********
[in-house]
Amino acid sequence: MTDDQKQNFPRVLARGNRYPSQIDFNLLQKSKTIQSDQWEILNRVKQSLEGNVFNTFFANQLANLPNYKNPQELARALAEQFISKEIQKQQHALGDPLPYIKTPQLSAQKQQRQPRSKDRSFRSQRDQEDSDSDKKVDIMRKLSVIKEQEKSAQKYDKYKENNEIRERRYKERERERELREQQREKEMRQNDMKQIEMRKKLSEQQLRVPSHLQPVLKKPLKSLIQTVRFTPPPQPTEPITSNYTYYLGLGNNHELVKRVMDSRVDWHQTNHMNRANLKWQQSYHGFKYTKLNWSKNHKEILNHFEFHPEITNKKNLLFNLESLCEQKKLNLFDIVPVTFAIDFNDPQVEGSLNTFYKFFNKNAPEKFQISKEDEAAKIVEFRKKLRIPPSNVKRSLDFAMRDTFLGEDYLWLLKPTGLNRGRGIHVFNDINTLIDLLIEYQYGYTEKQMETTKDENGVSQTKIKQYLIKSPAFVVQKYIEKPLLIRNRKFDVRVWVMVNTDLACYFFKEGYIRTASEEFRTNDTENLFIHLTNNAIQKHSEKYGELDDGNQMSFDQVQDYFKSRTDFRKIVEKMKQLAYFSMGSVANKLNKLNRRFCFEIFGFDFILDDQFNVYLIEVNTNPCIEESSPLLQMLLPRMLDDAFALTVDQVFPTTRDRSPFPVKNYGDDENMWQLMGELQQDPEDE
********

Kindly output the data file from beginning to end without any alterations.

[in-house]
Amino acid sequence: MTDDQKQNFPRVLARGNRYPSQIDFNLLQKSKTIQSDQWEILNRVKQSLEGNVFNTFFANQLANLPNYKNPQELARALAEQFISKEIQKQQHALGDPLPYIKTPQLSAQKQQRQPRSKDRSFRSQRDQEDSDSDKKVDIMRKLSVIKEQEKSAQKYDKYKENNEIRERRYKERERERELREQQREKEMRQNDMKQIEMRKKLSEQQLRVPSHLQPVLKKPLKSLIQTVRFTPPPQPTEPITSNYTYYLGLGNNHELVKRVMDSRVDWHQTNHMNRANLKWQQSYHGFKYTKLNWSKNHKEILNHFEFHPEITNKKNLLFNLESLCEQKKLNLFDIVPVTFAIDFNDPQVEGSLNTFYKFFNKNAPEKFQISKEDEAAKIVEFRKKLRIPPSNVKRSLDFAMRDTFLGEDYLWLLKPTGLNRGRGIHVFNDINTLIDLLIEYQYGYTEKQMETTKDENGVSQTKIKQYLIKSPAFVVQKYIEKPLLIRNRKFDVRVWVMVNTDLACYFFKEGYIRTASEEFRTNDTENLFIHLTNNAIQKHSEKYGELDDGNQMSFDQVQDYFKSRTDFRKIVEKMKQLAYFSMGSVANKLNKLNRRFCFEIFGFDFILDDQFNVYLIEVNTNPCIEESSPLLQMLLPRMLDDAFALTVDQVFPTTRDRSPFPVKNYGDDENMWQLMGELQQDPEDE